Entry: free with the Tallinn Card, otherwise €5 for adults and €3 for children and students
Raekoja plats 1, 10114 Tallinn
Raven Cafe & St Catherine’s Passage
The Raven Cafe is located a few minutes walk from the Town Square and is an ideal cafe for a warm drink on a cold day! You can take a small detour to walk through St Catherine’s Passage (Katariina Käik), a picturesque medieval lane that connects Vene Street with Müürivahe Street. This passage is still home to the St Catherine’s Guild, a collection of craft workshops where artisans use traditional methods to make handicrafts like glassware, ceramics, and jewellery.
Raven Cafe, Müürivahe 36, 10140 Tallinn
Kohtuotsa Viewing platform
This is definitely one of the best places to see the sunset in Tallinn! A 13-minute walk from Raven Cafe or a 10-minute walk from the Town Square, Kohtuotsa Viewing Platform (Kohtuotsa vaateplats) offers a beautiful view over the Old Town.
The viewing platform is located on Toompea (Cathedral Hill, from the German ‘Domberg’) and you’ll find St Mary’s Cathedral (Toomkirik) and the Alexander Nevsky Cathedral (Aleksander Nevski Katedraal) on the walk to Kohtuotsa. From the viewing platform, you will be able to see icons of Tallinn such as St Olaf’s Church as well as the port and the Gulf of Finland in the background.
Kohtu 12, 10130 Tallinn
Finish your first full day in Tallinn with a delicious medieval-style dinner at Olde Hansa! Considering one of the ‘most authentic medieval dining experiences’, you will enjoy excellent Hansa-era food and drink made using 15th-century recipes and methods.
I highly recommend the Earl’s Forest Mushroom Soup (this one is vegetarian) as well as the Dried Elk Meat. I found the dried meat a bit too dry but using it as ‘croutons’ in the soup was definitely the best idea I had. DELICIOUS! The soup is also served with their homemade nutty herb bread and a herb cheese spread – I ended up ordering more bread and cheese because it was actually divine. So good!
The honey dark beer is also a top recommendation – it wasn’t too heavy or too sweet and I absolutely loved it. It’s also served in a tankard which just makes all beer better, right?
If you’re feeling extremely hungry, you can opt for the ‘Master Cook’s Feast’ with 17 different delectable dishes (sorry, got carried away with the alliteration). The feast is €42 per person and is great for groups or events.
When travelling as a group (or during peak travel periods), I would recommend booking a table in advance! It’s a very popular place, especially when cruise ships are in port. Additionally, book a table and put in writing if you have any dietary requirements so you can help them plan for this in advance. Book a table on their website!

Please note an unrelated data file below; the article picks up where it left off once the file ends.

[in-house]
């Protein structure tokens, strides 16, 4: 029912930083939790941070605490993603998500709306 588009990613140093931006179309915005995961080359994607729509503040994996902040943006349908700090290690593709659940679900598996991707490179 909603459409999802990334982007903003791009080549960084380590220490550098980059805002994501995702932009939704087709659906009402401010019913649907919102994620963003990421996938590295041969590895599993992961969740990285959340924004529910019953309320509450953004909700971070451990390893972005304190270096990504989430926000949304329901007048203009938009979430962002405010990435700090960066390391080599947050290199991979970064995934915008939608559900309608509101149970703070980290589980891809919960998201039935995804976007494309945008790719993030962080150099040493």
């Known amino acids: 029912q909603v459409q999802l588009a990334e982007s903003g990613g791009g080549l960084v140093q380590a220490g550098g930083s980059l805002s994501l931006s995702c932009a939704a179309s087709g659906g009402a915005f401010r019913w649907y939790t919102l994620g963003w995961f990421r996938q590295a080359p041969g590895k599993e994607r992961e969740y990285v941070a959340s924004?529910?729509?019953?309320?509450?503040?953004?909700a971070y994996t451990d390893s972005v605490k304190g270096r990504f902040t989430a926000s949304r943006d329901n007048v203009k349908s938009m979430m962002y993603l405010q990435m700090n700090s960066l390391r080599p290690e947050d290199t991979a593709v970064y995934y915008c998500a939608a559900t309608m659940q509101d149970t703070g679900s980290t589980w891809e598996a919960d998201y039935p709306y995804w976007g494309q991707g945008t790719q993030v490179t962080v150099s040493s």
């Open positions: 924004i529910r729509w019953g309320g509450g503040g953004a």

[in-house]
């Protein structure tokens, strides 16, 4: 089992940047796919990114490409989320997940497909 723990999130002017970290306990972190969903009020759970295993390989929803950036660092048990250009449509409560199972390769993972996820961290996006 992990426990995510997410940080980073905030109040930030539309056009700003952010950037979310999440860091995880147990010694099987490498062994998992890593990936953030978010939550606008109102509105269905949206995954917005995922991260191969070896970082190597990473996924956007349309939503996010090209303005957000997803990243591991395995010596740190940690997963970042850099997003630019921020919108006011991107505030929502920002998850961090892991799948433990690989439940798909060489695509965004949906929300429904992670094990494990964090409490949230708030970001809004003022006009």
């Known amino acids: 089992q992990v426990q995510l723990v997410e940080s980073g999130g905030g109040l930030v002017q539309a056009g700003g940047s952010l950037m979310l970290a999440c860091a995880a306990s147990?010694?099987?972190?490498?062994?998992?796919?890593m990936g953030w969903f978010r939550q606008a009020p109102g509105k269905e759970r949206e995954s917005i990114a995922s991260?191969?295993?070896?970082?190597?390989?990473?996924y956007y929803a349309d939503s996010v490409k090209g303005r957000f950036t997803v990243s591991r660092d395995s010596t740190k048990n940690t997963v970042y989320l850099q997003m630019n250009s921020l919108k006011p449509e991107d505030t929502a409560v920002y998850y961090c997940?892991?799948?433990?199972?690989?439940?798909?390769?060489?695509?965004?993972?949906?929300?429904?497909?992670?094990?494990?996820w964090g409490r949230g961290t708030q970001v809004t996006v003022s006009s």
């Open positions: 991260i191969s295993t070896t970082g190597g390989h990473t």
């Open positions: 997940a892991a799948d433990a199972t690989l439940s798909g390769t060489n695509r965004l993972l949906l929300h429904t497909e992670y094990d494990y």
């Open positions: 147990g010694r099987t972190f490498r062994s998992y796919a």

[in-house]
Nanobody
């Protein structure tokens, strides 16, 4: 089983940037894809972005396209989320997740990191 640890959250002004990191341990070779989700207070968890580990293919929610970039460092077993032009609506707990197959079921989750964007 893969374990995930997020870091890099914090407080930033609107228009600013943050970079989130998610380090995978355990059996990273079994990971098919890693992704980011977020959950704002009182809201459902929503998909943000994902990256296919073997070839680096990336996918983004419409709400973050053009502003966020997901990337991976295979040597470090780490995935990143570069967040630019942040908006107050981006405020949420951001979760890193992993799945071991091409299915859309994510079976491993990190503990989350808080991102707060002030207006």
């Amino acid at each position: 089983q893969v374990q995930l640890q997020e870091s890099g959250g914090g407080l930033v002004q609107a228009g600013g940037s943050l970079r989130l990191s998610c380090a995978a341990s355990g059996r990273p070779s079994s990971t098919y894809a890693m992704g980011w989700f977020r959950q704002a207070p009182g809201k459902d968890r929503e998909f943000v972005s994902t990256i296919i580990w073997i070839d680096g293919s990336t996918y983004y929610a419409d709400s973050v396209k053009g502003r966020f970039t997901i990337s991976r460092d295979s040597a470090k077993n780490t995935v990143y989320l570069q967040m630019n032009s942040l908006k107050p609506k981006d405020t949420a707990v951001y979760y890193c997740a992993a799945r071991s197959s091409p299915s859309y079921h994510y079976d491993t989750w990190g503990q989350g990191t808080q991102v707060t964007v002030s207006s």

Vana turg 1, 10146 Tallinn
Start your day with a visit to the Hellemann Tower, one of the towers that makes up the old town walls. This 14th-century tower opens at 10am and after a short climb you will reach the first viewing level of the tower, where you can walk along a section of the original town wall.
Don’t miss climbing to the second viewing level – most people miss this! There is a small door/window that’s a bit stiff but you can open it, it offers the best view over the city from the walls in my opinion. You can see the Alexander Nevsky Cathedral, St Olaf’s Church, the Town Hall and more!
Entry: free with the Tallinn Card, otherwise €4 for adults
Müürivahe 48, 10140 Tallinn
After your morning visit to the walls, grab a coffee at this excellent little cafe which is only a short 5-minute walk from the Hellemann Tower. The coffee is great and they also offer smoothies and juices as well. If you’re there around lunchtime (or if you visit before the tower), they do delicious breakfasts and other meals.
Kohvik August, Väike-Karja 5, 10140 Tallinn
Aleksander Nevski Cathedral
You can also do this when you visit the Kohtuotsa Viewing Platform, but when we visited the first time they were just finishing mass so we couldn’t visit and came back the next day (also to revisit the viewing platform because we had fresh snow overnight!). You can’t take any photos or video inside the cathedral (which is a shame), but it’s definitely a beautiful interior to see.
This cathedral is an Orthodox cathedral and was built in Russian Revival style in the late 19th-century when the country was part of the Russian Empire. It’s a seriously impressive piece of architecture and definitely deserves a visit!
Lossi plats 10, 10130 Tallinn
The Old Pharmacy, or Raeapteek, is located on the Town Hall Square and is one of the oldest continuously running pharmacies in Europe. It has been located at number 11 since the early 15th-century and is still in operation today as a modern pharmacy.
There is also a room that serves as a museum with displays about old medical instruments, historical remedies and more. It’s definitely interesting (and sometimes quite disturbing) to see what served as a medication in medieval times!